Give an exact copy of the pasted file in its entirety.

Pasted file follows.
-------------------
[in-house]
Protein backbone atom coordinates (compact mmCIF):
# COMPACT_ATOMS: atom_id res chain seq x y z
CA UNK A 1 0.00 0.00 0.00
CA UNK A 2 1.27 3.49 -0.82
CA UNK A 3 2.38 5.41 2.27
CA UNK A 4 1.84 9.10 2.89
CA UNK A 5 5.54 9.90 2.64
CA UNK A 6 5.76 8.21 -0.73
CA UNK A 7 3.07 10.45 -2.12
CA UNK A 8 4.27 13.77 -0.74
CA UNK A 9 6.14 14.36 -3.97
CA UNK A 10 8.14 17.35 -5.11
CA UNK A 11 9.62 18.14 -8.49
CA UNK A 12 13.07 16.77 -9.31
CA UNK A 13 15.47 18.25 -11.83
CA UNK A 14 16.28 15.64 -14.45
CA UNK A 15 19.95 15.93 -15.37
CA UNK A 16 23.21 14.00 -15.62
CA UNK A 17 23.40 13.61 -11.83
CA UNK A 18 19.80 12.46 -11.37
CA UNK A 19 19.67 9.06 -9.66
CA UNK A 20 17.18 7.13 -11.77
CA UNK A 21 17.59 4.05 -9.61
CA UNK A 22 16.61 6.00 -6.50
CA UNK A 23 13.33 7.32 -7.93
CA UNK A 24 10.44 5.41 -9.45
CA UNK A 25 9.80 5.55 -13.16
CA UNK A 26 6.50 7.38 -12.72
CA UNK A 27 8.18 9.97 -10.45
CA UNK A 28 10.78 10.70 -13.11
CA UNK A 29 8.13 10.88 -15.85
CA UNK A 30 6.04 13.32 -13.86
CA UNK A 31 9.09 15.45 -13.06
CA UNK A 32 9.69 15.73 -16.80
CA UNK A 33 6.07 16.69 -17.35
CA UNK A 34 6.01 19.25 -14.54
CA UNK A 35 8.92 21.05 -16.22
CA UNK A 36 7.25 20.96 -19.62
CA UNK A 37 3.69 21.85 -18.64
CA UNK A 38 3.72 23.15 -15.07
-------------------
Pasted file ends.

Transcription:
[in-house]
Protein backbone atom coordinates (compact mmCIF):
# COMPACT_ATOMS: atom_id res chain seq x y z
CA UNK A 1 0.00 0.00 0.00
CA UNK A 2 1.27 3.49 -0.82
CA UNK A 3 2.38 5.41 2.27
CA UNK A 4 1.84 9.10 2.89
CA UNK A 5 5.54 9.90 2.64
CA UNK A 6 5.76 8.21 -0.73
CA UNK A 7 3.07 10.45 -2.12
CA UNK A 8 4.27 13.77 -0.74
CA UNK A 9 6.14 14.36 -3.97
CA UNK A 10 8.14 17.35 -5.11
CA UNK A 11 9.62 18.14 -8.49
CA UNK A 12 13.07 16.77 -9.31
CA UNK A 13 15.47 18.25 -11.83
CA UNK A 14 16.28 15.64 -14.45
CA UNK A 15 19.95 15.93 -15.37
CA UNK A 16 23.21 14.00 -15.62
CA UNK A 17 23.40 13.61 -11.83
CA UNK A 18 19.80 12.46 -11.37
CA UNK A 19 19.67 9.06 -9.66
CA UNK A 20 17.18 7.13 -11.77
CA UNK A 21 17.59 4.05 -9.61
CA UNK A 22 16.61 6.00 -6.50
CA UNK A 23 13.33 7.32 -7.93
CA UNK A 24 10.44 5.41 -9.45
CA UNK A 25 9.80 5.55 -13.16
CA UNK A 26 6.50 7.38 -12.72
CA UNK A 27 8.18 9.97 -10.45
CA UNK A 28 10.78 10.70 -13.11
CA UNK A 29 8.13 10.88 -15.85
CA UNK A 30 6.04 13.32 -13.86
CA UNK A 31 9.09 15.45 -13.06
CA UNK A 32 9.69 15.73 -16.80
CA UNK A 33 6.07 16.69 -17.35
CA UNK A 34 6.01 19.25 -14.54
CA UNK A 35 8.92 21.05 -16.22
CA UNK A 36 7.25 20.96 -19.62
CA UNK A 37 3.69 21.85 -18.64
CA UNK A 38 3.72 23.15 -15.07